I grew up in Tiffin, Ohio. That’s where American Standard was. Maybe your toilet came from Tiffin.
In high school, Mrs. Kizer rejected me from National Honor Society because she hated my oldest brother, Alex. I never even had a class with her.
I chose to attend Ohio University because, while visiting campus with my mom, someone walked by us standing in the natatorium hallway, stopped, and said “You should come here. You won’t regret it.”
I became an obsessive over-achiever in college, earning academic and athletic scholarships, 4.0 GPA’s, two degrees in five years, and awards for my grad research on “Sesame Street.”
I’ll show that Kizer lady.
After graduation, I followed a dude to DC. We broke up three weeks later. I didn’t expect to stay in DC, but I found a job. It was at Studio Theatre. I hated it.
Two months later I started working at George Mason University. One day, Tere Linehan — my original supervisor — told me I had to pay for a new college banner. This was because some alumni spilled meatball sauce on the original one during homecoming (held outside in February), and the dry-cleaner I chose “wasn’t acceptable.”
I was crying in the bathroom when Office Manager Gail Crigler walked in. She asked what was wrong, and I told her I couldn’t afford a new banner, so I needed to quit and move back to Ohio.
She told me to give her an hour. She said, “You’re a breath of fresh air here.”
An hour later, the dean walked into my office and told me I wouldn’t be reporting to Tere anymore.
Gail Crigler changed the course of my life.
Then came my new supervisor, Audrey Kelaher. I thought she might be a dillrod because she preferred using the Oxford comma. Turns out I was the dillrod with a lot to learn about interacting with adults.
I’m a better person today because Audrey helped me.
I left GMU for a startup, World Championship Sports Network. I loved the speed, but I really hated working by myself covering badminton at 3 AM for 12 viewers.
I left WCSN for Viget Labs. I loved the people — especially one named Matt Swasey. I’m going to marry him. But I didn’t love the work as a project manager. I quit and took a job at another agency for almost twice the pay. A year later, I loved new people but still didn’t love the work.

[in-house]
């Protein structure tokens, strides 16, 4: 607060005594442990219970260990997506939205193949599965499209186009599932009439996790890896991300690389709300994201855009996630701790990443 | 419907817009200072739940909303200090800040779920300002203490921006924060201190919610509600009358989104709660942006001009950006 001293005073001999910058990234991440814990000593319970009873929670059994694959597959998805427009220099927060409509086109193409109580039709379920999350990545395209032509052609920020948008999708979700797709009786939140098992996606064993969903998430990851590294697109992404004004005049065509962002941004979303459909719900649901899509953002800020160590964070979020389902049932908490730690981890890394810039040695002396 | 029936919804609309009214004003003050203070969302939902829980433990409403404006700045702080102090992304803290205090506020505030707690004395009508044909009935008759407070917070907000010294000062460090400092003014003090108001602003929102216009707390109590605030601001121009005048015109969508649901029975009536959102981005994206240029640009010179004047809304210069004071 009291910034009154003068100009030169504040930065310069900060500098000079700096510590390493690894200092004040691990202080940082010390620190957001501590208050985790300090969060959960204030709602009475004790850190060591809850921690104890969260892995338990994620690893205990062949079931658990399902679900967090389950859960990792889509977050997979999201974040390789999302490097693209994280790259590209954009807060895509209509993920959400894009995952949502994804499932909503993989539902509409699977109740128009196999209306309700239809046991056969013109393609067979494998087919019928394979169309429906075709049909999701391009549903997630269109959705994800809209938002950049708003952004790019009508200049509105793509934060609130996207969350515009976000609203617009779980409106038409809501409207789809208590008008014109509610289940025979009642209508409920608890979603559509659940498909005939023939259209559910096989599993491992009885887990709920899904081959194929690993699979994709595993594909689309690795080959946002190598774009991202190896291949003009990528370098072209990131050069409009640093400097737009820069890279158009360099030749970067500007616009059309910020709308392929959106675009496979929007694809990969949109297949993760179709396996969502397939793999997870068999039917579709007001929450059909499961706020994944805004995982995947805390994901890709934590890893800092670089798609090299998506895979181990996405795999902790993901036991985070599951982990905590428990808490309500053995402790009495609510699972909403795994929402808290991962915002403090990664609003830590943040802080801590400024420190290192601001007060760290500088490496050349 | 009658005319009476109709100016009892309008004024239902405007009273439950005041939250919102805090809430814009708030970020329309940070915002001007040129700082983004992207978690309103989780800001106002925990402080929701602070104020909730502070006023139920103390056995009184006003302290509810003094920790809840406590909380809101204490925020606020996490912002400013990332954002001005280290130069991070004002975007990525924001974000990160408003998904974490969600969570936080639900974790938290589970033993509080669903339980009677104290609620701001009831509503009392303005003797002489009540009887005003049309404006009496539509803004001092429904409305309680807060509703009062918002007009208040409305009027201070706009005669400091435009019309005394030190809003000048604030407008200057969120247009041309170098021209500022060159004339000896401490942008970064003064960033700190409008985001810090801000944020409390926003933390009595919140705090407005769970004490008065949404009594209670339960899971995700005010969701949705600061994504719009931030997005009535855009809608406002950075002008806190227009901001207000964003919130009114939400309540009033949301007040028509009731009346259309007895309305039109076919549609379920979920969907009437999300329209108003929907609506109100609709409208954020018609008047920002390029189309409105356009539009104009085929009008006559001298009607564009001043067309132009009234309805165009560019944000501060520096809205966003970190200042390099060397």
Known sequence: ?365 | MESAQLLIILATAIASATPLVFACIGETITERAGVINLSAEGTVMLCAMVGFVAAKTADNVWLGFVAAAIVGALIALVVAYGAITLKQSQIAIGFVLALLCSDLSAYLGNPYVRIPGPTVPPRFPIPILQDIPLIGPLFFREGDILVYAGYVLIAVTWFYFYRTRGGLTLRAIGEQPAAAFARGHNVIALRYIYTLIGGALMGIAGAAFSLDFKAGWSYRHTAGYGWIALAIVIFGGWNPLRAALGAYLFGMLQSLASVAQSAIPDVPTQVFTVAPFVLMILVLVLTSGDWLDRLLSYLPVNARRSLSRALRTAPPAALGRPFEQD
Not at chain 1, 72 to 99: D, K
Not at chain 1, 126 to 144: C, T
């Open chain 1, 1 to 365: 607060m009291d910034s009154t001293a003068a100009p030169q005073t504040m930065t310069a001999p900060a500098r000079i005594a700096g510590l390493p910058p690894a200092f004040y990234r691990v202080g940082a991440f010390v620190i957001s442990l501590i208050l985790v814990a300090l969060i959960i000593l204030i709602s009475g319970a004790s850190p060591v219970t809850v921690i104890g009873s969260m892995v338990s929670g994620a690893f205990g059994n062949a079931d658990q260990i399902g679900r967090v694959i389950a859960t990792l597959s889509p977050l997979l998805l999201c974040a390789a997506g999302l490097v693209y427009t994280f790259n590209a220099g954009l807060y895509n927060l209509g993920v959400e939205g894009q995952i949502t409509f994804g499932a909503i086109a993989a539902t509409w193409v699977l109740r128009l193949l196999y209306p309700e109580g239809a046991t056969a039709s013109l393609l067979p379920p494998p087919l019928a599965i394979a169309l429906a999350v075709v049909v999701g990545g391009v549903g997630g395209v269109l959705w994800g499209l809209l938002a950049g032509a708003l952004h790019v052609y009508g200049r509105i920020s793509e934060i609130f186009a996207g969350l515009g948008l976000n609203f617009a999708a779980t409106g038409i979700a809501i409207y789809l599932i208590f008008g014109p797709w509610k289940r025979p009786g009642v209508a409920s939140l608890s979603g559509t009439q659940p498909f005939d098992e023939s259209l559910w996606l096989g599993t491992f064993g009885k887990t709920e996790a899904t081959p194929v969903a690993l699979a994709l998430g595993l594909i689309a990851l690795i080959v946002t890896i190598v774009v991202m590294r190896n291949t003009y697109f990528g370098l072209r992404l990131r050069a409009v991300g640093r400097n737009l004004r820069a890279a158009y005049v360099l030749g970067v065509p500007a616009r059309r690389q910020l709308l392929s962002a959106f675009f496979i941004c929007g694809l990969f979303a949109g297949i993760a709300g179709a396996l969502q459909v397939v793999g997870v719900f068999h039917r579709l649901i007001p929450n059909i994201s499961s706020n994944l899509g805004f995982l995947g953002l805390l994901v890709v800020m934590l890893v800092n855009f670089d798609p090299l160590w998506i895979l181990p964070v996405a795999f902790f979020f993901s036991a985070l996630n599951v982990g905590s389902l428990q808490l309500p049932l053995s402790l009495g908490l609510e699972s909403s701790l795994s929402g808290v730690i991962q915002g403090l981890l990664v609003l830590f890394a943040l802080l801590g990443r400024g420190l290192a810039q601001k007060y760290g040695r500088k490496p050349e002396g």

Looking back … “duh.”
Anyway, I decided to spend the summer of 2010 doing freelance projects while looking for “the right fit.” I asked for leads from former clients Mina Ebrahimi, Les Rosenthal, and Bob Fox. I’d even clean their houses.
I’m pretty good at cleaning, you know.
Aside from my man — whose honesty and support came first — I credit Mina, Les, and Bob as my champions; they validated my independence by hiring or referring me.
Samantha Warren helped me get more involved in DC events, which never really led to contract work. Instead, they led to new friends; way better, really.
(Of course, sometimes we referred each other. Because that’s what friends do.)
I decided to try public speaking. My first talk came in the summer of 2010 thanks to RefreshDC and Dave DeSandro (now of Twitter). About 20 minutes before I was set to start talking, I walked out the front door and along the C&O Canal to panic in peace.
But I came back, Dave introduced me, and I started saying what I’d practiced 20 times over the 10 days prior. The audience listened. They laughed when I hoped they would. They cheered when I ended. They told me they’d learned something.
This felt awesome.
Since then …
I’ve spoken at SXSWi in Austin, FOWD in London, Beyond Tellerrand in Dusseldorf, Interlink in Vancouver, and on UIE’s Virtual Seminars from my home office.
I’ve worked with people who are smarter than me, launched a company, and published articles.
I got drunk, danced, and laughed with people I couldn’t have imagined meeting just two years ago — in cities I only had dreamed of traveling to.
Of course, I’ve made embarrassing and foolish mistakes along the way. Plus, I’ve been rejected by conference organizers, respected industry leaders, publishers, potential customers, investors, and MindShare (my modern-day National Honor Society).
But I can’t give up. That would be letting Mrs. Kizer win, after all.
I’ll show that Kizer lady.